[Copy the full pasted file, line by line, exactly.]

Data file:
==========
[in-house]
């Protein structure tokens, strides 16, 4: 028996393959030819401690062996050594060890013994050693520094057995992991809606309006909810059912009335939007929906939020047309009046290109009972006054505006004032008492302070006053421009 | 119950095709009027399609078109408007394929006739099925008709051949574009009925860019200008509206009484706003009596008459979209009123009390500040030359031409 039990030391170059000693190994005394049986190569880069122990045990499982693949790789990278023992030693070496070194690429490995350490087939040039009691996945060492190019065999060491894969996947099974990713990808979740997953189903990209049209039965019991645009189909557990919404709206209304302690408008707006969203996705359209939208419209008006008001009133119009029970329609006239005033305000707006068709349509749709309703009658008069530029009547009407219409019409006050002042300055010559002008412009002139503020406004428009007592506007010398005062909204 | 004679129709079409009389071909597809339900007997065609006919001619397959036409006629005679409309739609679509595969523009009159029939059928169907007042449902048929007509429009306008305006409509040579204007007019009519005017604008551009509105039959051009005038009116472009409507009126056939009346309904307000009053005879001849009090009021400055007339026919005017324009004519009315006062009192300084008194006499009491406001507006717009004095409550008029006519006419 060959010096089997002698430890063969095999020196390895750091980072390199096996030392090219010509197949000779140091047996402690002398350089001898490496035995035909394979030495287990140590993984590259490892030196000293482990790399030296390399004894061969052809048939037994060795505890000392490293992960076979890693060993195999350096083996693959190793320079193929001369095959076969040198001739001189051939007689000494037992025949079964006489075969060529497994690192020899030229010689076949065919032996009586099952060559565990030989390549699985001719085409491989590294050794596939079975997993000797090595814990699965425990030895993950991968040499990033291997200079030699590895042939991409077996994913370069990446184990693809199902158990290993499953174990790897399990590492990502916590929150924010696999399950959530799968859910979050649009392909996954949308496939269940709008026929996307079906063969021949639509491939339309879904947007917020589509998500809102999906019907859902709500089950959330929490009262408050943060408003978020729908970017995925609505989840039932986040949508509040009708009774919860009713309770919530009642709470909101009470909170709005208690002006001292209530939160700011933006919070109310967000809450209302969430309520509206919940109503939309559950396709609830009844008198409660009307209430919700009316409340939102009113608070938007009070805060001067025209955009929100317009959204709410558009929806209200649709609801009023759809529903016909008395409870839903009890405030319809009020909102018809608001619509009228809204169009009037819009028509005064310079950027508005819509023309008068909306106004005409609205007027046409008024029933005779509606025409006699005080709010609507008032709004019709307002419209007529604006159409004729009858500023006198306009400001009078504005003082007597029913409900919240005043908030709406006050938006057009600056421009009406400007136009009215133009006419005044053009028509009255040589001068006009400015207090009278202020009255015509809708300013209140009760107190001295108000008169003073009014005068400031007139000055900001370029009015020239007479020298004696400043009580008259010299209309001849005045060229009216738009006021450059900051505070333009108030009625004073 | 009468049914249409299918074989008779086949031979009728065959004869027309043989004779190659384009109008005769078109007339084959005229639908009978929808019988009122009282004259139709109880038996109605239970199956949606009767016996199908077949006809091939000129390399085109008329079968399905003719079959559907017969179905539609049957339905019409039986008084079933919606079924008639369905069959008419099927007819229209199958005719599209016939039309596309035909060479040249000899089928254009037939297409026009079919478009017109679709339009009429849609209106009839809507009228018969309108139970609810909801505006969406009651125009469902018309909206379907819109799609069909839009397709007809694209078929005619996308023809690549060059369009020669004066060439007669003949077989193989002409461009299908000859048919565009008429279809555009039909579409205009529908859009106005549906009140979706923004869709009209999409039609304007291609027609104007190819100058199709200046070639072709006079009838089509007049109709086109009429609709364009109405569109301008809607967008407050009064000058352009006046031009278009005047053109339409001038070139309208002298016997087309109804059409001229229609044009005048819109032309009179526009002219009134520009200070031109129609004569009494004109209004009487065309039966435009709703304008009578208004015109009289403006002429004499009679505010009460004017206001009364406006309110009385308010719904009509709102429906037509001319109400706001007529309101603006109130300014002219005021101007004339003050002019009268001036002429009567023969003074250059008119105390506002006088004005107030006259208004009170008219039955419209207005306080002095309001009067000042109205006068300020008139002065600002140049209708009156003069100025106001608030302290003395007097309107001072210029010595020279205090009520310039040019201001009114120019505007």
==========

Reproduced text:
[in-house]
């Protein structure tokens, strides 16, 4: 028996393959030819401690062996050594060890013994050693520094057995992991809606309006909810059912009335939007929906939020047309009046290109009972006054505006004032008492302070006053421009 | 119950095709009027399609078109408007394929006739099925008709051949574009009925860019200008509206009484706003009596008459979209009123009390500040030359031409 039990030391170059000693190994005394049986190569880069122990045990499982693949790789990278023992030693070496070194690429490995350490087939040039009691996945060492190019065999060491894969996947099974990713990808979740997953189903990209049209039965019991645009189909557990919404709206209304302690408008707006969203996705359209939208419209008006008001009133119009029970329609006239005033305000707006068709349509749709309703009658008069530029009547009407219409019409006050002042300055010559002008412009002139503020406004428009007592506007010398005062909204 | 004679129709079409009389071909597809339900007997065609006919001619397959036409006629005679409309739609679509595969523009009159029939059928169907007042449902048929007509429009306008305006409509040579204007007019009519005017604008551009509105039959051009005038009116472009409507009126056939009346309904307000009053005879001849009090009021400055007339026919005017324009004519009315006062009192300084008194006499009491406001507006717009004095409550008029006519006419 060959010096089997002698430890063969095999020196390895750091980072390199096996030392090219010509197949000779140091047996402690002398350089001898490496035995035909394979030495287990140590993984590259490892030196000293482990790399030296390399004894061969052809048939037994060795505890000392490293992960076979890693060993195999350096083996693959190793320079193929001369095959076969040198001739001189051939007689000494037992025949079964006489075969060529497994690192020899030229010689076949065919032996009586099952060559565990030989390549699985001719085409491989590294050794596939079975997993000797090595814990699965425990030895993950991968040499990033291997200079030699590895042939991409077996994913370069990446184990693809199902158990290993499953174990790897399990590492990502916590929150924010696999399950959530799968859910979050649009392909996954949308496939269940709008026929996307079906063969021949639509491939339309879904947007917020589509998500809102999906019907859902709500089950959330929490009262408050943060408003978020729908970017995925609505989840039932986040949508509040009708009774919860009713309770919530009642709470909101009470909170709005208690002006001292209530939160700011933006919070109310967000809450209302969430309520509206919940109503939309559950396709609830009844008198409660009307209430919700009316409340939102009113608070938007009070805060001067025209955009929100317009959204709410558009929806209200649709609801009023759809529903016909008395409870839903009890405030319809009020909102018809608001619509009228809204169009009037819009028509005064310079950027508005819509023309008068909306106004005409609205007027046409008024029933005779509606025409006699005080709010609507008032709004019709307002419209007529604006159409004729009858500023006198306009400001009078504005003082007597029913409900919240005043908030709406006050938006057009600056421009009406400007136009009215133009006419005044053009028509009255040589001068006009400015207090009278202020009255015509809708300013209140009760107190001295108000008169003073009014005068400031007139000055900001370029009015020239007479020298004696400043009580008259010299209309001849005045060229009216738009006021450059900051505070333009108030009625004073 | 009468049914249409299918074989008779086949031979009728065959004869027309043989004779190659384009109008005769078109007339084959005229639908009978929808019988009122009282004259139709109880038996109605239970199956949606009767016996199908077949006809091939000129390399085109008329079968399905003719079959559907017969179905539609049957339905019409039986008084079933919606079924008639369905069959008419099927007819229209199958005719599209016939039309596309035909060479040249000899089928254009037939297409026009079919478009017109679709339009009429849609209106009839809507009228018969309108139970609810909801505006969406009651125009469902018309909206379907819109799609069909839009397709007809694209078929005619996308023809690549060059369009020669004066060439007669003949077989193989002409461009299908000859048919565009008429279809555009039909579409205009529908859009106005549906009140979706923004869709009209999409039609304007291609027609104007190819100058199709200046070639072709006079009838089509007049109709086109009429609709364009109405569109301008809607967008407050009064000058352009006046031009278009005047053109339409001038070139309208002298016997087309109804059409001229229609044009005048819109032309009179526009002219009134520009200070031109129609004569009494004109209004009487065309039966435009709703304008009578208004015109009289403006002429004499009679505010009460004017206001009364406006309110009385308010719904009509709102429906037509001319109400706001007529309101603006109130300014002219005021101007004339003050002019009268001036002429009567023969003074250059008119105390506002006088004005107030006259208004009170008219039955419209207005306080002095309001009067000042109205006068300020008139002065600002140049209708009156003069100025106001608030302290003395007097309107001072210029010595020279205090009520310039040019201001009114120019505007």